Hi, my name is Alys Jackson and I'm an author and poet

based in Adelaide, South Australia.

My work has been published in books, magazines,

anthologies and online.

Submitting Poetry to Magazines and Journals

Submitting Poetry to Magazines and Journals.

Submitting Poetry

Writing poetry is fun but finding a way to get your work read can be a real challenge. Hopefully the tips below will make submitting poetry a little easier.

  • Is your work ready?

Submitting poetry is hard enough without then realising you’ve submitted something below standard. I have learned from experience never to submit a piece until it is absolutely ready. This (for me) sometimes takes months but it’s worth the wait. There’s nothing worse than seeing a mistake in something you’ve sent. Or realising that it’s not as good as it could be. And editors don’t like being asked to make alterations. If you’re not certain your work is ready, consider joining a writer’s group – mine has been wonderful in helping me fine-tune my work.

  • Make a list of publications

List the publications that accept poetry from emerging writers. Alternatively, list publications that publish poets whose work you like and admire. Checking out the biographies of published poets will give you a great place to start. Make a note of a publication’s circulation, venerability, pay, and submission periods. Consider submitting poetry to smaller publications before tackling the giants like Virginia Quarterly who receive over 10,000 unsolicited works each year.

  1. Publications in Australia
  2. Publications in America
  • Have you read the journal or magazine?

Before submitting poetry always read the journal or magazine. Every publication has a specific market in mind and there’s no point in sending a poem on the beauty of coal mining to an environmental literary magazine like The Hopper. It will also help you to understand what editors are looking for. And it’s easy. Many publications have free content online or archived past issues. Consider subscribing for a year. Maybe share the cost with a couple of other writers and discuss the work that was chosen. Why was it chosen and how does it compare to what you are writing? Will your piece fit their market? Try to work out what the editors are looking for and remember that if you enjoy their work they may well enjoy yours.

  • Check submission guidelines.

Before submitting poetry, check formatting and submission guidelines – every publication will have its own particular set of rules. Some request biographies and/or cover letters, others don’t, some want single spacing some double … If they request a cover letter, make sure you mention that you have read their publication and give details – especially if you enjoyed something they published. If they want a biography, include relevant professional writing experience but keep it brief (3 – 5 pieces only). Don’t be emotional or clever, just give the facts in a professional way. Editors want evidence of your writing experience. And don’t forget to address the cover letter/email to the poetry editor if you know their name (this is usually on their website).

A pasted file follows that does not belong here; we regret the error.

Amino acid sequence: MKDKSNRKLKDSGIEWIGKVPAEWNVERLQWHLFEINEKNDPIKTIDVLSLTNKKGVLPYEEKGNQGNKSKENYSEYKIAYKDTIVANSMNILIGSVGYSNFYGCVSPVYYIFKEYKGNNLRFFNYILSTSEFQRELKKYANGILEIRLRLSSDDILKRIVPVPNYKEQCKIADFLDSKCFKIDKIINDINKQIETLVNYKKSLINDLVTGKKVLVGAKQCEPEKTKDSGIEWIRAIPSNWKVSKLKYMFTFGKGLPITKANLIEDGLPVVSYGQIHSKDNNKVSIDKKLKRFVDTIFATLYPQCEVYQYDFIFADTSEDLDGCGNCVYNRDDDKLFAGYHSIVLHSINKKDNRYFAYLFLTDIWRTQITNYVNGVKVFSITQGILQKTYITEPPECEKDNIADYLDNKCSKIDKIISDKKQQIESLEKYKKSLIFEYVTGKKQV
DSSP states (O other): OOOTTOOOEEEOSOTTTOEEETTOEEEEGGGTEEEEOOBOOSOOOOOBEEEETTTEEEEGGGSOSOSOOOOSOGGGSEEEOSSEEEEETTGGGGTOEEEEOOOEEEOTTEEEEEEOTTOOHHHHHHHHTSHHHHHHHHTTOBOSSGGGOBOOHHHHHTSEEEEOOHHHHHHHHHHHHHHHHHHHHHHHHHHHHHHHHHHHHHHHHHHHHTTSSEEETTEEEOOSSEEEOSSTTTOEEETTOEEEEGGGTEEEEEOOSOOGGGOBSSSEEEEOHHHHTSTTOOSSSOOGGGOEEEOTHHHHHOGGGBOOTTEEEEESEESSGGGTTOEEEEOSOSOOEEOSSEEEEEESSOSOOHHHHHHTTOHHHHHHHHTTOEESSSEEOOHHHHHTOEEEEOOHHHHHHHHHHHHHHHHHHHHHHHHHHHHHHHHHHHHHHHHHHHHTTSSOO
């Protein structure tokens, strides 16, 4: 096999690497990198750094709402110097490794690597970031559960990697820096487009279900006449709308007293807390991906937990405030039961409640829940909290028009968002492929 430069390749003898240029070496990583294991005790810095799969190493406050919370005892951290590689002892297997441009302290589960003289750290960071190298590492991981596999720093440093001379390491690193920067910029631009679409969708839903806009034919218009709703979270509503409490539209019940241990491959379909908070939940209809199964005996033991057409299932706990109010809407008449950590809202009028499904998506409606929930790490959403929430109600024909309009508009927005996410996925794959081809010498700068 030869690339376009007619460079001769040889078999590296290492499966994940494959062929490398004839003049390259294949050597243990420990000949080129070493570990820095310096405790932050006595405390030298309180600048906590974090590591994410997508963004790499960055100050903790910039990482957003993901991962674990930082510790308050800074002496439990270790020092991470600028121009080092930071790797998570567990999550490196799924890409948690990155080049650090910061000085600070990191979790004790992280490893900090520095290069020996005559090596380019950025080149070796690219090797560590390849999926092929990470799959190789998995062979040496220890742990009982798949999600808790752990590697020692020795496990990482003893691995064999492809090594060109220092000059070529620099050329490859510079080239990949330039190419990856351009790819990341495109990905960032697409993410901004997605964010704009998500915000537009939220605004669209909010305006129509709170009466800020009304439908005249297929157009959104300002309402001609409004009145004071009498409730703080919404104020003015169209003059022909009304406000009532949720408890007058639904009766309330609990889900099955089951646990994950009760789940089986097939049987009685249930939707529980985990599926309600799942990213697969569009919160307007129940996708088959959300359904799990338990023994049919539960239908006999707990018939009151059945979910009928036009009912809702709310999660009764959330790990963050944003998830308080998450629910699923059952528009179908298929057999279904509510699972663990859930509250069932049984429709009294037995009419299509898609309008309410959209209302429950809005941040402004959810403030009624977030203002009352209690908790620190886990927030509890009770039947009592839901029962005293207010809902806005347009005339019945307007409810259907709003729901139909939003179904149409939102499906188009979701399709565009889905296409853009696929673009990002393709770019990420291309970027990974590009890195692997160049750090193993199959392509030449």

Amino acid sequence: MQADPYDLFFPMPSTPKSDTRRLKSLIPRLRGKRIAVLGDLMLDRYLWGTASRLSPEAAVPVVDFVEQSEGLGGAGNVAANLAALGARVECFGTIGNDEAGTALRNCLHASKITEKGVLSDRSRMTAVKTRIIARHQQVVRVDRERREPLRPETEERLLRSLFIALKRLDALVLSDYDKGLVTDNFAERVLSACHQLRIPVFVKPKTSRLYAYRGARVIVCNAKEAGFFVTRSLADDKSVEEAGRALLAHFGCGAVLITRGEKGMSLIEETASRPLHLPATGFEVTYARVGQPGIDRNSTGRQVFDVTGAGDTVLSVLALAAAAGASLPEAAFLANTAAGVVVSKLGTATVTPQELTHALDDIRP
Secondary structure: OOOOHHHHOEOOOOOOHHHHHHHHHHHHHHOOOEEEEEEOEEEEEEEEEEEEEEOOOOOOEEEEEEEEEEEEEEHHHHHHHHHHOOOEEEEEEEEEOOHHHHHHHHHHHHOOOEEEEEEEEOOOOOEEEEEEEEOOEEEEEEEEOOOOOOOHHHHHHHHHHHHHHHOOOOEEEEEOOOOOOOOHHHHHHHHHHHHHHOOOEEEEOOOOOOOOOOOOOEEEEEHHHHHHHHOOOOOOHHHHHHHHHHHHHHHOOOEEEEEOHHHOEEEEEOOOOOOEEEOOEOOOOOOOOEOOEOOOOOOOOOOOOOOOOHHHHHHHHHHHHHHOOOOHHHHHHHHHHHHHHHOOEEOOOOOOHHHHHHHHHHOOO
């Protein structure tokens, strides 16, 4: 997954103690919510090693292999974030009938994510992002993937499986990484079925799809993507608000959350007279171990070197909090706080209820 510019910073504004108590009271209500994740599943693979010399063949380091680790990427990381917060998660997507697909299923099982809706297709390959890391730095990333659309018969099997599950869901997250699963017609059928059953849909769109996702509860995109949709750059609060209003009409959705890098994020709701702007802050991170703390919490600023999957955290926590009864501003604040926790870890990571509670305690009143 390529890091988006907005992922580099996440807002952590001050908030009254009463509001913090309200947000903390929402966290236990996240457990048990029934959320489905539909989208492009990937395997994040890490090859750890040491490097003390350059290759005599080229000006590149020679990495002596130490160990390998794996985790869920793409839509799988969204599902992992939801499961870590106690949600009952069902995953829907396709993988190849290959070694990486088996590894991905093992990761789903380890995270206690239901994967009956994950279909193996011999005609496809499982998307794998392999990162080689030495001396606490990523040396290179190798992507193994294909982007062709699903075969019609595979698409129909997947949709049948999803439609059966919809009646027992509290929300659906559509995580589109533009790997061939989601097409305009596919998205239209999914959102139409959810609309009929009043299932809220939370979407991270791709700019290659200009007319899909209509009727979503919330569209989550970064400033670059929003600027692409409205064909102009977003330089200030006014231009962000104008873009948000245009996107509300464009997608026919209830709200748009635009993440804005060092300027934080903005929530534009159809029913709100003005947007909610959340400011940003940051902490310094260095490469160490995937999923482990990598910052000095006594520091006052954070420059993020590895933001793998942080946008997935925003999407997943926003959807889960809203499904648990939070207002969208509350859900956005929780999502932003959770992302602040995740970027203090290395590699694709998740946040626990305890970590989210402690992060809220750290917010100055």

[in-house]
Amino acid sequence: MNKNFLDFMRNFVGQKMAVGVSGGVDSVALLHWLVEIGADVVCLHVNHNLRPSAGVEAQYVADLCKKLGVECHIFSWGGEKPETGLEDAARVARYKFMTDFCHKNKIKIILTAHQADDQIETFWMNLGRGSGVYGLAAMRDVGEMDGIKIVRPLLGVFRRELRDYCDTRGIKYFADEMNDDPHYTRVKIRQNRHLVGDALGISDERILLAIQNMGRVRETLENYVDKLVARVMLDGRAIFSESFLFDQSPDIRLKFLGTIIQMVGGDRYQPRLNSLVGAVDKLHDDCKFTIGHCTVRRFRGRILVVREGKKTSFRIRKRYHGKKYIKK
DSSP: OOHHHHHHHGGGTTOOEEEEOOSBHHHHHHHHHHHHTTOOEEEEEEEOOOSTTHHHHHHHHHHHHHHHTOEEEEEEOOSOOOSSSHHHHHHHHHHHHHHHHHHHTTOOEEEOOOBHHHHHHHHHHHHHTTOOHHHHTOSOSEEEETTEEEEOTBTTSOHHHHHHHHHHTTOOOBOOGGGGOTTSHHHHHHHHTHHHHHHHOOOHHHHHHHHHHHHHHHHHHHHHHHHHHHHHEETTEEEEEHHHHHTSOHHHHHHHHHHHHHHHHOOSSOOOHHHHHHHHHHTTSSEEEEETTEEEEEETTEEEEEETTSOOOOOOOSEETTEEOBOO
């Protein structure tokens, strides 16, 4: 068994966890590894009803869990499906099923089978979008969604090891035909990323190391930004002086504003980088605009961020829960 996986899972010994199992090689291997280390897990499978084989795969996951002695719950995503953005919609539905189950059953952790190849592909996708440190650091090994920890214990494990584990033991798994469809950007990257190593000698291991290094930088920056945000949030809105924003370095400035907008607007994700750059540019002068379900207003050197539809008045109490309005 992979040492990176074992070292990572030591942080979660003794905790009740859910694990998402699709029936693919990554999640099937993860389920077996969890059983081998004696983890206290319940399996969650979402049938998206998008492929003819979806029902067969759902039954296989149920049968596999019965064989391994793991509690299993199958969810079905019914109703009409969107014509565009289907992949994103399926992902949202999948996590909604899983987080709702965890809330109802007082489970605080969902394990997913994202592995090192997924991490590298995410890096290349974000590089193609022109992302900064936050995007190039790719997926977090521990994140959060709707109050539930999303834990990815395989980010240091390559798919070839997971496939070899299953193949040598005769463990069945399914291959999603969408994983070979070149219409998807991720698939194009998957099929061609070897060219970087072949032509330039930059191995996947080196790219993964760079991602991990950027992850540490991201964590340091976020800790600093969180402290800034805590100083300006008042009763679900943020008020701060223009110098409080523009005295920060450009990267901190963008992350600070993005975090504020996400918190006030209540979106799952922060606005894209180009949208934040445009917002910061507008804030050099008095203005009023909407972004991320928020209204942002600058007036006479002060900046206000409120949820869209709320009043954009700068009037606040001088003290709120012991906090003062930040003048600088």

• Send multiple publications.

Submitting poetry to more than one publication at a time is possible but always check first – If a publication doesn’t accept simultaneous submissions, they will tell you in their submission guidelines. And always notify a publication if your work is accepted elsewhere.

  • Keep a Record.

Keep track of all your submissions. I once had to withdraw a short story after it was accepted elsewhere and found that the publication then needed to know the exact submission date.

  • Read feedback.

Everyone has work rejected so try to see rejection emails as feedback. If the rejection email includes encouraging comments don’t forget to mention them in your next submission ‘Thank you for your encouraging comment/note/feedback about my poem ‘X’. As you suggested, I am submitting to you again. Please find …’ And remember that it is sometimes necessary to submit to dozens of publishers before getting a piece accepted.

  • Acknowledge acceptance.

If your work is accepted, immediately say thank you and send the editor anything that they have requested. Make sure your contact details are up-to-date and don’t forget to withdraw your accepted piece from publications where it is still under consideration. Keep copies of all contracts and the names of people involved.

  • Read the publication.

Don’t forget to read the publication when your work is published. Perhaps, send the editor an email to say what you enjoyed about the magazine/journal and consider purchasing copies to give away to colleagues and friends/family. Add a link to your website to help promote the magazine and list it in your author biography.

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